Recently, I was very moved by my beloved teachers words, “There is a myth circulating that to experience the truth you must first be completely, 100% purified, and that is simply not true. First seek the direct experience of the top of the spiritual mountain, and then learn to purify the subtler aspects“.
This seems like a paradox–even in contrast to the Yoga Sutras on which Swami Jnaneshvara was commenting. The penultimate treatise on Yoga begins with the expulsion: prior work must be done before the endeavor of Yoga is to begin. Furthermore, as the Sutras unfold, Patanjali recommends adherents develop a moral base before the endeavor of meditation. The 10 “Suggestions” (not Commandments) of the Sutras are yamas and niyamas. Among those we find tenets, such as: ahimsa (non-harming), aparigraha (developing greedlessness), and tapas (which means fire and austerities)–it all sounds a lot like purification to me!
To those of us (notice I say us), who grew up in the West, with a guilt-inclined (misinterpreted) Christian background, ate junk food, cursed, and were occasionally inebriated–this sounds daunting. However, again as one who speaks from experience, it should not make us feel less than worthy.
The simple, not easy, effort to adopt a spiritual lifestyle (and perhaps to embark on a path to Our Highest High) is inherently purifying. <Sigh> Again, the spiritual path is purification.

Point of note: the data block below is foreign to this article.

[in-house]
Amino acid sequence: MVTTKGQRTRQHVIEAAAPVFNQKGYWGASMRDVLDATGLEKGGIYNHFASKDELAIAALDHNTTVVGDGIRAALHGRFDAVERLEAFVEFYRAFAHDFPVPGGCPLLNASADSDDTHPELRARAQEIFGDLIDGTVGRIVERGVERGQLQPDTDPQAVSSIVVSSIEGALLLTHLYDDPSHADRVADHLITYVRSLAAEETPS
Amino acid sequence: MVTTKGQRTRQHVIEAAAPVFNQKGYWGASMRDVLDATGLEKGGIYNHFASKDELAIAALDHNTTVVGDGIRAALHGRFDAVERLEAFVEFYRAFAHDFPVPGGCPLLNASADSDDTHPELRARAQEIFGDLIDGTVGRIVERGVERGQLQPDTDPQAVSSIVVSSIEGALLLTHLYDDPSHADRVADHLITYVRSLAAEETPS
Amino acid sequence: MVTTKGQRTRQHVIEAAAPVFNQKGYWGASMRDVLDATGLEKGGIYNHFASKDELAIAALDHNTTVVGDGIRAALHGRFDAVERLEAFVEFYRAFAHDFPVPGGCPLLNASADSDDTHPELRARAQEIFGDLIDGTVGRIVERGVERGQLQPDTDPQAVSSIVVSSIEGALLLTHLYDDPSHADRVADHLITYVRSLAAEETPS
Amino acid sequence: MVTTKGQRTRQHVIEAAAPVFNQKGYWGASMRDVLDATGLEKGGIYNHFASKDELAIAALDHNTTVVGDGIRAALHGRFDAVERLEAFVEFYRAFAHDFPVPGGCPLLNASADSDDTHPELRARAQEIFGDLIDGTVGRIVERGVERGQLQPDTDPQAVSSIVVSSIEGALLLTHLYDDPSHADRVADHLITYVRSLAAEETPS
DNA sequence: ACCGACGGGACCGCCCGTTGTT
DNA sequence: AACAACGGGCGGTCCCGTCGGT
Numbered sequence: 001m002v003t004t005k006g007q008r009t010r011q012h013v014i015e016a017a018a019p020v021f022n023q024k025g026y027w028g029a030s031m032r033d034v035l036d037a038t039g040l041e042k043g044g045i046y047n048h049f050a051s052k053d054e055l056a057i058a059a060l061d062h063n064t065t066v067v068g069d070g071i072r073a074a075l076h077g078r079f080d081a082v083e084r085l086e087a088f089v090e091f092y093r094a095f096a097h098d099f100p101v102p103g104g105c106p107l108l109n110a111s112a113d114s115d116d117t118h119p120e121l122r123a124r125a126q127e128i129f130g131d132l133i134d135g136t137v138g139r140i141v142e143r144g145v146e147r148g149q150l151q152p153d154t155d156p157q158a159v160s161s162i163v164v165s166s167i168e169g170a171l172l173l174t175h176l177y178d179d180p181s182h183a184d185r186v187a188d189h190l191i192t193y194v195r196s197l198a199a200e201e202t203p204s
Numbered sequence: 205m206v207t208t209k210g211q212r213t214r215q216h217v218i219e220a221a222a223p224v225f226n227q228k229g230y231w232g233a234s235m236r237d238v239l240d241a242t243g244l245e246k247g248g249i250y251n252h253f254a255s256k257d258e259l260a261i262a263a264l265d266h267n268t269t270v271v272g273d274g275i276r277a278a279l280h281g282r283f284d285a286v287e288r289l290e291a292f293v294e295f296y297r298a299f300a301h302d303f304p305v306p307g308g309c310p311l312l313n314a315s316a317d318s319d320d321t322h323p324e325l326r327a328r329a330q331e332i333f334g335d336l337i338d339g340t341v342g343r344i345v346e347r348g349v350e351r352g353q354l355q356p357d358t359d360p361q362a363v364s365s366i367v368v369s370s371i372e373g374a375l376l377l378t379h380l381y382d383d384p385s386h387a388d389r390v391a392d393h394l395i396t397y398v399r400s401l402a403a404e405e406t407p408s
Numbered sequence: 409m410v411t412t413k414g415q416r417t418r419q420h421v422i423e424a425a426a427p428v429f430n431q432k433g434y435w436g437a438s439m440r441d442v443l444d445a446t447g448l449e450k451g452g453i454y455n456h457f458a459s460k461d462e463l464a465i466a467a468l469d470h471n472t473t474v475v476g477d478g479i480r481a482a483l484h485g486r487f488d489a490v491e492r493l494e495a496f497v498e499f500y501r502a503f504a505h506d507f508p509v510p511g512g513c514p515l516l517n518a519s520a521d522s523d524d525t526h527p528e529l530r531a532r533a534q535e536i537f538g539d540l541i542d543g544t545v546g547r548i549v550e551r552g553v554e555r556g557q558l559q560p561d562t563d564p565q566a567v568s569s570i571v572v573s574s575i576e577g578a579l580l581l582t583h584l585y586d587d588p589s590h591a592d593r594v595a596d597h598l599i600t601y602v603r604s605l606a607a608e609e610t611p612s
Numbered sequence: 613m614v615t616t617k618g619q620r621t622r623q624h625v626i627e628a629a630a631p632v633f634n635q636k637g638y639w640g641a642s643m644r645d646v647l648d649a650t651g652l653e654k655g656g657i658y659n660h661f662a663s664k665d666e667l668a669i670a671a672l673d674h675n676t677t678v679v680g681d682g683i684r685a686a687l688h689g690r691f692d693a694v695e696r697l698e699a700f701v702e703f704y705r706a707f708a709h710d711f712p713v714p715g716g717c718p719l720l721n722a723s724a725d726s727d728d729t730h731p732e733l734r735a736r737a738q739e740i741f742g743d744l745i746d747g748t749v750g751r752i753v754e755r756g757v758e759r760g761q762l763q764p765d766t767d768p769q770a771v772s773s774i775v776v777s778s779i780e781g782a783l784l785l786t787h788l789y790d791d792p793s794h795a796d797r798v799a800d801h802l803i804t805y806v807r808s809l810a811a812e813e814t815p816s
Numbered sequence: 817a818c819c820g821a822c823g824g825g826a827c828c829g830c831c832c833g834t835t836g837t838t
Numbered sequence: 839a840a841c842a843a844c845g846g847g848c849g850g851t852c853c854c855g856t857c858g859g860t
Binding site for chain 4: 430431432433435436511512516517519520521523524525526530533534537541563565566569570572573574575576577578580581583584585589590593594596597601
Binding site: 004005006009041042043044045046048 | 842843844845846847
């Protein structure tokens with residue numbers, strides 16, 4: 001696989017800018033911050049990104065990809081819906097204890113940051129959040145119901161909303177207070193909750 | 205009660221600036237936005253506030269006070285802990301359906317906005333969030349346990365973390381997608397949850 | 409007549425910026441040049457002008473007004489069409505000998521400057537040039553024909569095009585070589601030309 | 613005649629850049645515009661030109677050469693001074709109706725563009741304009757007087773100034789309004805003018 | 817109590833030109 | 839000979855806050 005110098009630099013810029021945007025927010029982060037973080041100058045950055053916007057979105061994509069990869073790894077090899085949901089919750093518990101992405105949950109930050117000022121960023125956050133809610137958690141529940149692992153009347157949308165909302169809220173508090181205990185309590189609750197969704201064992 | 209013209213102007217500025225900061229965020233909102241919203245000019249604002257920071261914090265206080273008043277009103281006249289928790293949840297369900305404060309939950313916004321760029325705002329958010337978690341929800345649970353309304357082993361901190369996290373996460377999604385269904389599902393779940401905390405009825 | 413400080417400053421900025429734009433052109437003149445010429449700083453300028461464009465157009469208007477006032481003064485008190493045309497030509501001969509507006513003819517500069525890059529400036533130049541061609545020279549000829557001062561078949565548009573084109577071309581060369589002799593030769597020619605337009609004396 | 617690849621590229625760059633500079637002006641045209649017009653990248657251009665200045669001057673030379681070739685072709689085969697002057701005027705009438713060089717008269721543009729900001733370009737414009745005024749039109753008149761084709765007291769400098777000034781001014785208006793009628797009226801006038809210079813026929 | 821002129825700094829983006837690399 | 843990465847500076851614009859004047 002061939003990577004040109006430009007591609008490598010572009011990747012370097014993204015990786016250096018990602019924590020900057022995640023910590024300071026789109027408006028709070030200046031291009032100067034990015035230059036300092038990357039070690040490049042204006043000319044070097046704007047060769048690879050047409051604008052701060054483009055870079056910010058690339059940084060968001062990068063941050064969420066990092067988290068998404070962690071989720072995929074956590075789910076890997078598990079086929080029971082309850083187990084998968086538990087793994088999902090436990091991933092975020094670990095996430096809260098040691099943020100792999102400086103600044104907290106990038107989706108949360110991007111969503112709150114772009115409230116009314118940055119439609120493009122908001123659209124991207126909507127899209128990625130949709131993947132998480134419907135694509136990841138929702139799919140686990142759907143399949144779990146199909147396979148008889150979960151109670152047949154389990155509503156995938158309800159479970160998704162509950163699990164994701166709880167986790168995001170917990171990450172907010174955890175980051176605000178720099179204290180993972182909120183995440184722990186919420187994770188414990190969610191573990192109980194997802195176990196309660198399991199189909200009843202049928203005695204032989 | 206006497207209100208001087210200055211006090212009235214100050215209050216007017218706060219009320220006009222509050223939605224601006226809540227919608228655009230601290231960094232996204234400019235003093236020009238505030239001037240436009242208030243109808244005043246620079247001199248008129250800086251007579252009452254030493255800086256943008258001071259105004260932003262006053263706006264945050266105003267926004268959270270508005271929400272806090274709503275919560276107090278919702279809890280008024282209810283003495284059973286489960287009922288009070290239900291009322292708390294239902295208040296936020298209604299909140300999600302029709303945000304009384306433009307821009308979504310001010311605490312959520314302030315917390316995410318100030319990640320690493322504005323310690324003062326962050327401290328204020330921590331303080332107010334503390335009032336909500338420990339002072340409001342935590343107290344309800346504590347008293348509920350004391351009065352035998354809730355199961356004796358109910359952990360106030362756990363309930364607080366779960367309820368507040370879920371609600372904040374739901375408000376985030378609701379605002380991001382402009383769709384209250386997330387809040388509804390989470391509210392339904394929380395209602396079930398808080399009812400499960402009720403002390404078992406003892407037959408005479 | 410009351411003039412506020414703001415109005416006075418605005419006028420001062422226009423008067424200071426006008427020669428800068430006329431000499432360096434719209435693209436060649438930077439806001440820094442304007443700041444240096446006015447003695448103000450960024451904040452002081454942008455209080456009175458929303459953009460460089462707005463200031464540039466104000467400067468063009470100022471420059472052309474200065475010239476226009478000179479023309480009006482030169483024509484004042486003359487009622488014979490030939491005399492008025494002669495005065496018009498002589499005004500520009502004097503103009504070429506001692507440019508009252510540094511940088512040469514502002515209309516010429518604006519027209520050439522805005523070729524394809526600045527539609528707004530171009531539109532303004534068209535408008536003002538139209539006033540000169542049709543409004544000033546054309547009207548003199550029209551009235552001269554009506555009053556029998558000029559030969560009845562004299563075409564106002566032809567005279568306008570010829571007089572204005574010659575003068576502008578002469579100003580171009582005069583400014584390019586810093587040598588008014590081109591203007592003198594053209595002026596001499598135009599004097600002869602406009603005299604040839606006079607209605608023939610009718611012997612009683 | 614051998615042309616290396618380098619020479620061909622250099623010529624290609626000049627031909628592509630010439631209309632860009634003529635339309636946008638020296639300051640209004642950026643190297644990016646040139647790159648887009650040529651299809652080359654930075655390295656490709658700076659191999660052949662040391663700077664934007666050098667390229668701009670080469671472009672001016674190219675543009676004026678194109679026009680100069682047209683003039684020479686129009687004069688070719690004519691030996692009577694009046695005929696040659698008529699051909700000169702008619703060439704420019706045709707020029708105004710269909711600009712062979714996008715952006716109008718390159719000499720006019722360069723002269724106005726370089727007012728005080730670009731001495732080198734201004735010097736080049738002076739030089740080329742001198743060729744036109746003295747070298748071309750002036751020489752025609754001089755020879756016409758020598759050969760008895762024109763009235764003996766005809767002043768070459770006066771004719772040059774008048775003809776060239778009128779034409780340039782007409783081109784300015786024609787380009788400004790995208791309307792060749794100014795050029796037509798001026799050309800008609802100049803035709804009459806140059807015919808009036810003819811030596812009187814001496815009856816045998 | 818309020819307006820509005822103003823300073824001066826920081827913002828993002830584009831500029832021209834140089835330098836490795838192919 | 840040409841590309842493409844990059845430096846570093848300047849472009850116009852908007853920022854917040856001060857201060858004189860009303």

Now, I am going to share a very personal experience… But, it is important for readers to understand that everyone’s path is different. As you proceed, understand that in Sanatana Dharma (the group of traditions from which the Himalayan Tradition emerges) a Guru is not a mere person. The Guru represents the Highest Consciousness–Superconsciousness.
Many years ago, I was chanting an ancient text of Kashmir Shaivism, the Guru Gita, with my meditation group. I came across this verse, “Blessed are all the relatives, Blessed are the ancestors, Of one who serves the Sadguru; Such a soul is rare indeed“. That stanza changed me forever; such a soul is rare indeed.
What the Guru Gita is revealing is the rarity (not the perceived flawlessness) of an earnest seeker.
Knowing that rarity can spark a fire of passion, which is was one needs to obtain the Highest Realization.
As an earnest seeker pursues the path, they will begin to live more ethically–because they will come to know (not intellectually; but experientially) that they are connected to everyone and everything. This desire to be non-harming, greedless, and have temperance will come naturally–as opposed to being taught such behaviors dogmatically.
Then, of course, there is grace bestowed on the earnest seeker–but, that will be another post.
It helps to remember, you are who you are seeking.
As We regularly go inside, we steep in Our true nature. The longer the steep, the stronger the brew.
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